ATHENS — There won’t be any hype about a top preseason ranking. There won’t be any players gracing the cover of national magazines. There won’t be Matthew Stafford or Knowshon Moreno. Things will be a lot different than last year when Georgia’s players report for fall practice today, but the expectations of the players haven’t changed a bit.
“We have a great football team,” senior Jeff Owens said. “We have a lot of talent. You just look at our past recruiting classes. We’ve got the talent. We’ve got the guys. We’ve just got to put it all together.”
Unlike last season’s star-studded team that began the season atop the polls, the pundits aren’t quite as enthusiastic as Owens is about the 2009 Bulldogs. That’s not necessarily a bad thing.
Head coach Mark Richt and numerous players have admitted the team failed to handle the hype and heavy expectations that came with last season’s No. 1 ranking. This year, the Bulldogs have flown quietly under the radar, avoiding off-field problems and remaining focused on earning some redemption for last season’s missed opportunities.
The task won’t be simple. Georgia lost three of its top offensive performers from a year ago with Mohamed Massaquoi’s graduation and Stafford and Moreno’s decision to turn pro. Of Georgia’s skill position starters, only receiver A.J. Green returns from last year’s group that was among the most explosive in the country.
While the challenge of replacing so much production seems daunting, first-year starting quarterback Joe Cox said he hasn’t tempered his expectations.
“There’s a possibility to get worse and a possibility to get better,” Cox said. “We want to get better and do just as good as they did when they were here. We have guys that can play, and we’re going to do our best to make plays and be successful as an offense. It’s not like because those guys left, we’re packing up and saying ‘OK defense, win games for us.’ We want to be successful, too, and we’re doing everything we can.”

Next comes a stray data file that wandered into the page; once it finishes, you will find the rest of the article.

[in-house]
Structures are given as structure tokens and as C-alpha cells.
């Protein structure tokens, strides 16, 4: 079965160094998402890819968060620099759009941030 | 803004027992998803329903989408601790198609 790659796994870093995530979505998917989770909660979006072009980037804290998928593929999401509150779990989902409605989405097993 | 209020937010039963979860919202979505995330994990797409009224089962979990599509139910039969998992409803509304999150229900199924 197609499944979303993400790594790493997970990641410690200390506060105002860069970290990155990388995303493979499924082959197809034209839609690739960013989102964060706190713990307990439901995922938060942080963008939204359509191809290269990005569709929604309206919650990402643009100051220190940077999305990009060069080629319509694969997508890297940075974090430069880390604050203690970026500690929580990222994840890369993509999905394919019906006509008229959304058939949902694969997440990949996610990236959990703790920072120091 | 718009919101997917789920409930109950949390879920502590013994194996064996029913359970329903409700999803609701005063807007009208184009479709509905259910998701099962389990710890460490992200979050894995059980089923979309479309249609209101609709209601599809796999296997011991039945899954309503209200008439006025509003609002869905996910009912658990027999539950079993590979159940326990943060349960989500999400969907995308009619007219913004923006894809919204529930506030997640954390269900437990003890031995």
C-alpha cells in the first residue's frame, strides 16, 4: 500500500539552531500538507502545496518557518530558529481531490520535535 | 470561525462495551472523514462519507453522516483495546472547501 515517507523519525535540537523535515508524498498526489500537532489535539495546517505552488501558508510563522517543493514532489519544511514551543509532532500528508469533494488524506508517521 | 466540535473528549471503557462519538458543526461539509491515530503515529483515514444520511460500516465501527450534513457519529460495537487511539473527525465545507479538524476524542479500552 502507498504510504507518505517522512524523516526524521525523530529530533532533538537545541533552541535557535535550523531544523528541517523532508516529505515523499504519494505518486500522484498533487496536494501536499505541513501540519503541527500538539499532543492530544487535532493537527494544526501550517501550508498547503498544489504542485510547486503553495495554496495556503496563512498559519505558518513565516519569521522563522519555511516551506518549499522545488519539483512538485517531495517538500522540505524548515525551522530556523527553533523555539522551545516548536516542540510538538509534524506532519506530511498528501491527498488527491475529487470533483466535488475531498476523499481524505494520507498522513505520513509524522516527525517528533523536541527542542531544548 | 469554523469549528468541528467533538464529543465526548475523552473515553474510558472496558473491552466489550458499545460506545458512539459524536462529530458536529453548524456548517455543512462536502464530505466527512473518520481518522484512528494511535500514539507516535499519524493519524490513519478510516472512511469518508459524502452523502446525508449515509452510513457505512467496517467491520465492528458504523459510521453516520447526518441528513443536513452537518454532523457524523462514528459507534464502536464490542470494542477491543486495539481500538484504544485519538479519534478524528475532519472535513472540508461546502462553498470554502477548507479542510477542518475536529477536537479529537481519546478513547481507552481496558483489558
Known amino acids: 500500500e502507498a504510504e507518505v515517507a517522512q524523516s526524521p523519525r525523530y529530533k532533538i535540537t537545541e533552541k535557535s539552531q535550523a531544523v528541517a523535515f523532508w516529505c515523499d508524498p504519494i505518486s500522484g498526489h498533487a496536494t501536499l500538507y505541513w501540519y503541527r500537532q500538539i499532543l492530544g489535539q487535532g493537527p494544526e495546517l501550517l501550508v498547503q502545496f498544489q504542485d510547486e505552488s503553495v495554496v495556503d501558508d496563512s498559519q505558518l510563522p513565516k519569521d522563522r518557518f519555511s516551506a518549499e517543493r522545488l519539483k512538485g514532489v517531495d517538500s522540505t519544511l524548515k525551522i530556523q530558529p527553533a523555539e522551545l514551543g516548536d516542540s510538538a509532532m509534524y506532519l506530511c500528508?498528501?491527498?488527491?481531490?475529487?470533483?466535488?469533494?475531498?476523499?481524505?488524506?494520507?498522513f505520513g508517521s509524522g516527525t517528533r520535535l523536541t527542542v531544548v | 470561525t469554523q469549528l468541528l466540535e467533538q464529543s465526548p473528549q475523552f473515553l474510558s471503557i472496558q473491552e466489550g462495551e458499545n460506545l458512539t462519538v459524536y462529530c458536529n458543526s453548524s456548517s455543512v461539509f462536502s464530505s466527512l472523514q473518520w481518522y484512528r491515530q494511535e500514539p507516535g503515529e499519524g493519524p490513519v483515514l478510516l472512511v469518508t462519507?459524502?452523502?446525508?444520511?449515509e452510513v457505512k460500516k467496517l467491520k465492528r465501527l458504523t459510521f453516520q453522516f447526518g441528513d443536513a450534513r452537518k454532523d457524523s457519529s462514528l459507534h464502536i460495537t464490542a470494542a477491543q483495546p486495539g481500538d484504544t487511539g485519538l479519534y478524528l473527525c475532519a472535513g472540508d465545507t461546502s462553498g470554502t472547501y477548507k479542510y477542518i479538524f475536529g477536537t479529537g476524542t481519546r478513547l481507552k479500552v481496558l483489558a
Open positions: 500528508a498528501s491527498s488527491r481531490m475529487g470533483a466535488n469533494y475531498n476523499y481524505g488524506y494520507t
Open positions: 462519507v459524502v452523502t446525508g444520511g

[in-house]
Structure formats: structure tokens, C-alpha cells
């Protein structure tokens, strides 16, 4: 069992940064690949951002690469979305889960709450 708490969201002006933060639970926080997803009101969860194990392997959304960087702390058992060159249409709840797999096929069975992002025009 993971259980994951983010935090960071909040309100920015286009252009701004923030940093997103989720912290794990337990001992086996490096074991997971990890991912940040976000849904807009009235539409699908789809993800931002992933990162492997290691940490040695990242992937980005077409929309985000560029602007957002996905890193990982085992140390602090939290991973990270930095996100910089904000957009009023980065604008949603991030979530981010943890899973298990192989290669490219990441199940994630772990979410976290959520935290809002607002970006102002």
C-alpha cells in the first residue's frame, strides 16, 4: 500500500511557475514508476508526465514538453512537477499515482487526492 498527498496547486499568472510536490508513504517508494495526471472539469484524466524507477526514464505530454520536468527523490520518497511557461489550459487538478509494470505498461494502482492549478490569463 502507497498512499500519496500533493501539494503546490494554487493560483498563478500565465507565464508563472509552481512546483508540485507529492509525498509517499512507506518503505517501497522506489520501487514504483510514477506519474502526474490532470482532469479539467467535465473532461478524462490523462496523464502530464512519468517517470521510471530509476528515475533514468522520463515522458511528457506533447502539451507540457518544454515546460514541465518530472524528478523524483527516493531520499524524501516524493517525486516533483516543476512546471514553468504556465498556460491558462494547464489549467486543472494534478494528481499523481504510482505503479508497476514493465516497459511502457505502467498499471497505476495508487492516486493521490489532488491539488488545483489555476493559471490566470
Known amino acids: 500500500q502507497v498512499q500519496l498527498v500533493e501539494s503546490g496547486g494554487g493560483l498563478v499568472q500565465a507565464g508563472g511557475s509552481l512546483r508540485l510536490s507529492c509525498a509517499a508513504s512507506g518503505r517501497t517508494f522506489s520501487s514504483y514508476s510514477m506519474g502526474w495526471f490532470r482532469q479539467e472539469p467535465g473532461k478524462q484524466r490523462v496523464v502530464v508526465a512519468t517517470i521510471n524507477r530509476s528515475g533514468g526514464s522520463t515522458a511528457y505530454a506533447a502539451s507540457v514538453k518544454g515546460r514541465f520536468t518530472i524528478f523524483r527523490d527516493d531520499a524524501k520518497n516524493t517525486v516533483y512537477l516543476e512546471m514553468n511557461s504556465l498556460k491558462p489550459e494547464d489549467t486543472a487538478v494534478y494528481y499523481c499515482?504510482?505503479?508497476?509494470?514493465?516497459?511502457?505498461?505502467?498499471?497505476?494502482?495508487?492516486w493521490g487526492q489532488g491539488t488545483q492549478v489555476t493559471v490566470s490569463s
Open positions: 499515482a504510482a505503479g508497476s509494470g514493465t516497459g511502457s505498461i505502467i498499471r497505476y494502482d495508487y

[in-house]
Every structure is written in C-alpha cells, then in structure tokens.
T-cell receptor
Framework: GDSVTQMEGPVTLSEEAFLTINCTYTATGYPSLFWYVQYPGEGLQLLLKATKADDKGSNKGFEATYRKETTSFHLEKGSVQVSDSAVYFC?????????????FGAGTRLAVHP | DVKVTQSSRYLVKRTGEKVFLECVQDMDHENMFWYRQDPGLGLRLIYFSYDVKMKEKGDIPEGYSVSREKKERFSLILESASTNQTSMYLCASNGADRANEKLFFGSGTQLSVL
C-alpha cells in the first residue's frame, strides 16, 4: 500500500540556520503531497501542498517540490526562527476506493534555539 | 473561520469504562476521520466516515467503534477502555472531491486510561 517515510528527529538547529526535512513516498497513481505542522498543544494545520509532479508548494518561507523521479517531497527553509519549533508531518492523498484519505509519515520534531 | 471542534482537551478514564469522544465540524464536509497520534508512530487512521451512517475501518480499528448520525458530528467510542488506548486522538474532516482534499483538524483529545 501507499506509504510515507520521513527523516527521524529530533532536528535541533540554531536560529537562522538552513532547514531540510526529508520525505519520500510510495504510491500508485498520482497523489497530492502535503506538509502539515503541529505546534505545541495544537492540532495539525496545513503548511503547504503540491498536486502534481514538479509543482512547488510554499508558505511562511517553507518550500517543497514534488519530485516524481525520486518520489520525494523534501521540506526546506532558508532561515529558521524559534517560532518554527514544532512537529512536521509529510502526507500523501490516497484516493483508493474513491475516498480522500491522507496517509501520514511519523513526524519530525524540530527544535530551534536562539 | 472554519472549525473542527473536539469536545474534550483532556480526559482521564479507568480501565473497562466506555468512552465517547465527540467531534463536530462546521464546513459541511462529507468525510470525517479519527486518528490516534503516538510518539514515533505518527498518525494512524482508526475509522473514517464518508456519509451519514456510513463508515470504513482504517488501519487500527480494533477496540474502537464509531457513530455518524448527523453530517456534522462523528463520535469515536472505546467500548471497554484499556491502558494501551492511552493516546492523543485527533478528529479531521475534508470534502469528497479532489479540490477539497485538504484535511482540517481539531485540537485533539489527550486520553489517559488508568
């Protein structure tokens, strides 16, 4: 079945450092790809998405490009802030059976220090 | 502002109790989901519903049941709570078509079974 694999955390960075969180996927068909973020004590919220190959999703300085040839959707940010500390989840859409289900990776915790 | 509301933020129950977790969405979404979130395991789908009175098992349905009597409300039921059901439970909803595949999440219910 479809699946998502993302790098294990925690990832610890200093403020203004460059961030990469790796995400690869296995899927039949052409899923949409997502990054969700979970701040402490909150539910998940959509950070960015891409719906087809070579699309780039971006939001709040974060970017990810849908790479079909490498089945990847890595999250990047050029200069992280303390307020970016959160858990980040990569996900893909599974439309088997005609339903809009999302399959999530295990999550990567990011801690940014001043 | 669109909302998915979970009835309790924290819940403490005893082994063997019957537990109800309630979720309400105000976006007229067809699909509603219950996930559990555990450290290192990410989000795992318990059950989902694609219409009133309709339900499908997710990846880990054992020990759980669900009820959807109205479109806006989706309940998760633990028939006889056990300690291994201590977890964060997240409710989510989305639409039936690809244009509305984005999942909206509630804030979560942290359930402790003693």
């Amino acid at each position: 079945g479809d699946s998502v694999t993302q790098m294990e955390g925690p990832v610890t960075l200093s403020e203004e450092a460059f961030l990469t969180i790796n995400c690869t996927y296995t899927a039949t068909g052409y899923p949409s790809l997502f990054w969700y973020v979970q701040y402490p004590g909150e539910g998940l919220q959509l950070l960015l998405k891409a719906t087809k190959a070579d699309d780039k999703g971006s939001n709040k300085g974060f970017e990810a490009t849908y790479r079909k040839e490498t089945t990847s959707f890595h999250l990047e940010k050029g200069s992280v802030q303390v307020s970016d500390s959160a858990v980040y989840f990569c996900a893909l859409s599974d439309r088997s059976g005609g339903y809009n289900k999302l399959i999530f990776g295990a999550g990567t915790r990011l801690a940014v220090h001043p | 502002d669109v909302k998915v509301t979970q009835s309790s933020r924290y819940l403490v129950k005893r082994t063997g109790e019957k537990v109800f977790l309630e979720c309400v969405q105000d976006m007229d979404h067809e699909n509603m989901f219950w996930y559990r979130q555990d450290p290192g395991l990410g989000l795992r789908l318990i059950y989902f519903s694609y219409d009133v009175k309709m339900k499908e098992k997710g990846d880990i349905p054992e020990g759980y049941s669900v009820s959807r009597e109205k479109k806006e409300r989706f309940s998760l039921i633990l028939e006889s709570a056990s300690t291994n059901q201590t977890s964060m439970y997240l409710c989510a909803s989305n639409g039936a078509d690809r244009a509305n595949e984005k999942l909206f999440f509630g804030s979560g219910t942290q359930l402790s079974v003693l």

The defense won’t have to replace as many departed stars, but the unit has its share of question marks this fall, too.
The Bulldogs allowed 38 or more points five times last season, and Alabama, Florida and Georgia Tech each moved the ball with ease against Georgia’s defense. While many of the same players will be back in similar roles this season, Owens hopes the unit will have a new approach that will pay dividends.
“The one thing I want to take from last year is working on our consistency,” Owens said. “Some days we played good, some we played bad. I think to be successful both on the field and off the field, you’ve got to be consistent, so that’s what we’re working on.”
It’s a mind-set Richt is happy to see his team embrace.
While replacing Moreno and Stafford won’t be simple, the challenge has managed to unite the team around a common goal. So while things will look a lot different when Georgia reports today, Richt won’t be worried about what’s missing.
“I think a year ago, just in general, when you have what people consider stars like Knowshon and Matthew, they think you’re going to win a national championship,” Richt said. “Conversely, now that they’re gone, they won’t give us much chance to win a national championship. We know that football takes more than two guys.”